Mark

Hello Greg,

My neurological physiothyerapist came to our house, and I was allowed to try a FES there. It seemed a little complicated to initially set up, but it was so wonderful to actually SEE myself walking normally, and also using my arms for propulsion. At first I did feel a bit like Wallis, in Wallis & Grommit’s film ‘The Wrong Trousers’, but it worked so well! But this is some time ago now and though my local health trust have pulled the plug on prescribing such things, my physio is still trying to get me one. I haven’t seen her for some time now, so perhaps she has been unsuccessful.

Yours,

Moira

Thanks for the replies so far.

Still plenty of time to add your experiences.

Greg [admin]

Had FES since my Health board started funding in March 2011although I understand there’s no money for anyone else this year. It has made a big difference to my walking allowing me not to worry about tripping and to maintain the distances I was getting before. It results in a better, firmer lift than the ‘foot-up’ support although it’s very fiddly to get the electrodes in exactly the right position to get the correct lift direction. I find the electrodes lose effectiveness very quickly - especially as I need to reposition several times. However, I’ve got quicker at setting the system up in the morning and just leave it attached all day, trying to remember to switch off between walks. I think I’m ‘relying’ on it now but without I’d be a lot less mobile.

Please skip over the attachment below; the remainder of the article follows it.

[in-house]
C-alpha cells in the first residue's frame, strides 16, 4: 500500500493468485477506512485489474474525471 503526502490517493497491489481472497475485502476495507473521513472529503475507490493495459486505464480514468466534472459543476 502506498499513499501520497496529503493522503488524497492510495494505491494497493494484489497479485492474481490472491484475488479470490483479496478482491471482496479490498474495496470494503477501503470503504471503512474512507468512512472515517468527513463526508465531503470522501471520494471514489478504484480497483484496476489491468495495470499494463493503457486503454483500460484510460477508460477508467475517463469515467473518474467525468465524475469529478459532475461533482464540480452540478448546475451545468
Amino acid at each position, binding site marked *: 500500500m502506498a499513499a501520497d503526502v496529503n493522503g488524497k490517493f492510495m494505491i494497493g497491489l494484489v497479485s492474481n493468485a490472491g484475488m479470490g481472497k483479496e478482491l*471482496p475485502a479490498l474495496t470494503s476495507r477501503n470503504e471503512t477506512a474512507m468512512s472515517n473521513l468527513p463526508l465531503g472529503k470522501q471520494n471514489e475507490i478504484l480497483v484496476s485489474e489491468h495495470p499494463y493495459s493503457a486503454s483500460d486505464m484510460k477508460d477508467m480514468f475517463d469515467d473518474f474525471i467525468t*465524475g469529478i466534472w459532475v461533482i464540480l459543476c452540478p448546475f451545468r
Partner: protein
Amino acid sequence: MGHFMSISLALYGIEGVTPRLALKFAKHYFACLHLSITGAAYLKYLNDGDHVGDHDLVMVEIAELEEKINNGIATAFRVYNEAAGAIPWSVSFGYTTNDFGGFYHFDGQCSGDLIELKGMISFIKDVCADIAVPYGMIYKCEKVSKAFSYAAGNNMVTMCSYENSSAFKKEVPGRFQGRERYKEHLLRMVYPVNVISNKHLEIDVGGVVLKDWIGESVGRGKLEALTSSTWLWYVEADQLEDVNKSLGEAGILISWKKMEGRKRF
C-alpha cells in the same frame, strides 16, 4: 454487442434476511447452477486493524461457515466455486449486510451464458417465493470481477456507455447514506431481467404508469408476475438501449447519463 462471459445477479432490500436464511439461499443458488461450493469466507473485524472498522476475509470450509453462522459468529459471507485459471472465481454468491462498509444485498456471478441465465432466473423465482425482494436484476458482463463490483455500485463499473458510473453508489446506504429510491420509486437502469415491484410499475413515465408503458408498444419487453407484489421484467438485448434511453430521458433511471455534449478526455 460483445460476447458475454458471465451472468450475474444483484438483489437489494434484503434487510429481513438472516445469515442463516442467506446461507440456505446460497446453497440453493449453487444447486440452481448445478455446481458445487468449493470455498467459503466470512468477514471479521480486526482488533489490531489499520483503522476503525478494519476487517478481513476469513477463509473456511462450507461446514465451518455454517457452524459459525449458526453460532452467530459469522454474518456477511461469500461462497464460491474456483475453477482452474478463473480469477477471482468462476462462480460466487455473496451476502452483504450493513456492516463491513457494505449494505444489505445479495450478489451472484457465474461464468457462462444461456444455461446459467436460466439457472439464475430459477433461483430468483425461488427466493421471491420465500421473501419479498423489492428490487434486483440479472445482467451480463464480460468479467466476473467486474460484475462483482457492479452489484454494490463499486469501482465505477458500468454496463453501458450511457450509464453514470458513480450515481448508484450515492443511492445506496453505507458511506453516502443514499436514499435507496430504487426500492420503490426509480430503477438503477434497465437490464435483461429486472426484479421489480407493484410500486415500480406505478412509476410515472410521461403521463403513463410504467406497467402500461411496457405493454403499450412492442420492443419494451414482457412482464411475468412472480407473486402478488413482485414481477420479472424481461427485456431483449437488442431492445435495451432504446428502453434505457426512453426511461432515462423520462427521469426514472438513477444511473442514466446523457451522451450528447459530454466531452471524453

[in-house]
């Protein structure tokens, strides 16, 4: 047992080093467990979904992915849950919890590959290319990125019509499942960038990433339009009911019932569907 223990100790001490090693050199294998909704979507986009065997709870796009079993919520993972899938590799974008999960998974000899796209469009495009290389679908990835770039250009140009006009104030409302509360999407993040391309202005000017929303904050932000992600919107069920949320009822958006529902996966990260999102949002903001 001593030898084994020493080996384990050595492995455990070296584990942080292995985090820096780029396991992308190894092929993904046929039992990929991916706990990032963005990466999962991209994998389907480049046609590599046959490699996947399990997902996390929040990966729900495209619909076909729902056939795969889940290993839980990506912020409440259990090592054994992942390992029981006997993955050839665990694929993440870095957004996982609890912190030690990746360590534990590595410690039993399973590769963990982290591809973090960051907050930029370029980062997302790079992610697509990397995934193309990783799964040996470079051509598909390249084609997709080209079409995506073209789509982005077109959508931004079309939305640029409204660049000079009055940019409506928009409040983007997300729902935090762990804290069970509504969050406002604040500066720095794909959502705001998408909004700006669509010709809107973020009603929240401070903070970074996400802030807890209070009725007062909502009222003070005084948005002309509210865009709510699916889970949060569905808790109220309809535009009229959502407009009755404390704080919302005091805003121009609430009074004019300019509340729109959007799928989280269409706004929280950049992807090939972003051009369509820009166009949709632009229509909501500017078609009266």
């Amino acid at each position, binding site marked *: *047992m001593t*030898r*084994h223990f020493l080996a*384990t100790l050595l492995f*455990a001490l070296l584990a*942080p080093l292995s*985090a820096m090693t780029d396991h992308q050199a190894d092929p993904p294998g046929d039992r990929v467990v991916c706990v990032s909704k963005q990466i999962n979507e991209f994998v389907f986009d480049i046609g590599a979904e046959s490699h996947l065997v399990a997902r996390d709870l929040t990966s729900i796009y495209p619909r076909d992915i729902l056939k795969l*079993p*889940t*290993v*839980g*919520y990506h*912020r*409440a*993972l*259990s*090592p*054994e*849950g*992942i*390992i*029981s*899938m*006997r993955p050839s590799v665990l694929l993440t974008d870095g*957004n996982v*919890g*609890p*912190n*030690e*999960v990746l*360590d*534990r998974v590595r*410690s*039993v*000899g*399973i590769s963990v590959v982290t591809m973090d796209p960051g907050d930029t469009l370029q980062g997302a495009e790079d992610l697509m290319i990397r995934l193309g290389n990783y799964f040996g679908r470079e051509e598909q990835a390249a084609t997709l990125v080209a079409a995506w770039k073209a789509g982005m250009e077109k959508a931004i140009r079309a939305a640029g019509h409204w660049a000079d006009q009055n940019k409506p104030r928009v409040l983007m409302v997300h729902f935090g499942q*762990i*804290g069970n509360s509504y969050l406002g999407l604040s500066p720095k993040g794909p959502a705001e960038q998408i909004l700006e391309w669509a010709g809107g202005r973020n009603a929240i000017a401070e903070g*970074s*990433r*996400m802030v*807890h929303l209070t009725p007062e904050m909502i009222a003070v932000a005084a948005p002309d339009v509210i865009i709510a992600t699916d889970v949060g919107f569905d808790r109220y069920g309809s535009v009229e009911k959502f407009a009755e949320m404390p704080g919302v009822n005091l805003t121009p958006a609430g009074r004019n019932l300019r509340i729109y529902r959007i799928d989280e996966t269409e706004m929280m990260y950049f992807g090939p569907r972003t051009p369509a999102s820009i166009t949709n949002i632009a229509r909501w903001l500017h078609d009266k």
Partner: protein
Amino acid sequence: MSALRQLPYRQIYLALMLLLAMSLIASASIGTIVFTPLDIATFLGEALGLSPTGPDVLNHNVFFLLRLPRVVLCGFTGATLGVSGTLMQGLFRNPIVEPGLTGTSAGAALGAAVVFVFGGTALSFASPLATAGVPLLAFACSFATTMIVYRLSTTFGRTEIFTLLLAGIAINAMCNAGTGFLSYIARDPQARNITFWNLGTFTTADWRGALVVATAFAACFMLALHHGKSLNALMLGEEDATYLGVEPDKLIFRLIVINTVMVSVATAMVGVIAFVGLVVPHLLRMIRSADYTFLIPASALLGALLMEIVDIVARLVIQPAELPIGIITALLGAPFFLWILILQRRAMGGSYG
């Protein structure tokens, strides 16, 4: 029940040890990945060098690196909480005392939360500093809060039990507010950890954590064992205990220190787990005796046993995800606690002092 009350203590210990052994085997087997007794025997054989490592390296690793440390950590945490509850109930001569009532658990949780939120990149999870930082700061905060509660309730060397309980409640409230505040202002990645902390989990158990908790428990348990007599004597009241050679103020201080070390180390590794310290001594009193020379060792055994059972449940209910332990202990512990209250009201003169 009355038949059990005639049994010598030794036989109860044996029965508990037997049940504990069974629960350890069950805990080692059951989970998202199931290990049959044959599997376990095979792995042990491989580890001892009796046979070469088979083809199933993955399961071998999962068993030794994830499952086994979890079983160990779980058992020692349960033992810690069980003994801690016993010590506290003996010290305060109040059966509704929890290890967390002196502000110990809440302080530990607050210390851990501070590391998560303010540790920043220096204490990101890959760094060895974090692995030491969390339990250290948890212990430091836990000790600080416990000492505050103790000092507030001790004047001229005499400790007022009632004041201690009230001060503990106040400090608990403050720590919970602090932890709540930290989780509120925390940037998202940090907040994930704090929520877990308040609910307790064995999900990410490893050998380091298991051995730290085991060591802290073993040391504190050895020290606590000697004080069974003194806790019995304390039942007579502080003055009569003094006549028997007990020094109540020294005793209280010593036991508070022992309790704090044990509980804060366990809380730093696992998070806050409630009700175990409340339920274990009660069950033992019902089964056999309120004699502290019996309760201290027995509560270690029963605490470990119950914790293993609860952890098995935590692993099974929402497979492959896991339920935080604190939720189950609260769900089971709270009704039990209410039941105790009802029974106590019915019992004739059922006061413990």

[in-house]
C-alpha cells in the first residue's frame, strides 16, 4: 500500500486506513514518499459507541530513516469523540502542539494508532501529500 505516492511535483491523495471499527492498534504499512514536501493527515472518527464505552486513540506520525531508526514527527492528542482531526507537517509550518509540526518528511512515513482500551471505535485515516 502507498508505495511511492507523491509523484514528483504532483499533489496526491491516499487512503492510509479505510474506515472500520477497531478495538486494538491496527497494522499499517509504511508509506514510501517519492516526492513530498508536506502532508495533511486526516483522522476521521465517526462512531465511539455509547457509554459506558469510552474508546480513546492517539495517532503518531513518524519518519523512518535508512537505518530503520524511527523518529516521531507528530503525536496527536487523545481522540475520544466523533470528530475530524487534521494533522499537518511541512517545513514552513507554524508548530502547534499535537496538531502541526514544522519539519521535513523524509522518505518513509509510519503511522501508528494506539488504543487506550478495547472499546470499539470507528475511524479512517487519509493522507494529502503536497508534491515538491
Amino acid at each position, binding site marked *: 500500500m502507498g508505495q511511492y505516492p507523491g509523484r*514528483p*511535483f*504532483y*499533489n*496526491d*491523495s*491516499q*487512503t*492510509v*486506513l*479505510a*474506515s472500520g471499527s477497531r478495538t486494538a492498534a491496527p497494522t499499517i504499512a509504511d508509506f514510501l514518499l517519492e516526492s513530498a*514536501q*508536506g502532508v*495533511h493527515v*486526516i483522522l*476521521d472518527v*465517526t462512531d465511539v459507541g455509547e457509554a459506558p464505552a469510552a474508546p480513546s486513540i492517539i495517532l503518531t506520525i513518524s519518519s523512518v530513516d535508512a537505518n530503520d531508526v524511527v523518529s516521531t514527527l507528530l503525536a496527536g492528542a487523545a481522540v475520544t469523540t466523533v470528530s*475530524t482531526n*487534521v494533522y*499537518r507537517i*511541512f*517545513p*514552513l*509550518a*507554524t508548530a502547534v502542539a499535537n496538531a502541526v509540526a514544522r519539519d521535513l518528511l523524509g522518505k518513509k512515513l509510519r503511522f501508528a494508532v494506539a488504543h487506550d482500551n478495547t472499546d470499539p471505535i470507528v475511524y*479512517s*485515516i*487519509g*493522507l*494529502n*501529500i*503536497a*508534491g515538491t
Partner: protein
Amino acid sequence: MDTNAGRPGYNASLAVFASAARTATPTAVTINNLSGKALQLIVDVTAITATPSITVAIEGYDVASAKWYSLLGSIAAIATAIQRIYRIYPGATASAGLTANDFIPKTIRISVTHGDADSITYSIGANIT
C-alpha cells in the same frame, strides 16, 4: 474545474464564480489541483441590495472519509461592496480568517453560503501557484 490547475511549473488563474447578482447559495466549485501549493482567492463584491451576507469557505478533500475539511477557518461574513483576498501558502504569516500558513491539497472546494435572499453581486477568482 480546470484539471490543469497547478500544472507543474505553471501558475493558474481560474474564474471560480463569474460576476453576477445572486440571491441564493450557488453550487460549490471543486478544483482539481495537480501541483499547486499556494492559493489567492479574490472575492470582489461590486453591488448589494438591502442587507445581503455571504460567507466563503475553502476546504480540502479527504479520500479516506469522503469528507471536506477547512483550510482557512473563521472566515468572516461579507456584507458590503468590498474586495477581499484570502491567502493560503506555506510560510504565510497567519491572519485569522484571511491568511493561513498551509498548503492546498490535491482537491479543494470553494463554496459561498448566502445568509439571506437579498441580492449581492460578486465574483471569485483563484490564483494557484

I have been FESsing since March.

Could not do without it. Even in the house I need it.
Can set it up and finish dressing in 15 mins (12 if I am in a real rush)

Like MangoPlum, I find that the electrodes do not last very long - I can just about get 4 weeks out of a set.
I am not 100% happy with the lift direction (too much toe out, not enough toe up), but what the heck - it stops me from falling over. I also set it up in the morning, and leave it on all day.

What I have found is that rechargeable batteries can lose power very rapidly when they are near to discharged. I bought a batch and cycle through a set of three. In my experience, a battery can be “Good” in the morning, and reach “Replace Battery” in the evening. A normal PP9 lasted me about five weeks, and I am lucky to get two weeks out of a rechargeable. I find it does not pay to go more than a day once a battery has dropped from “Good” to “OK”, and I always have two with some degree of charge ready as replacements.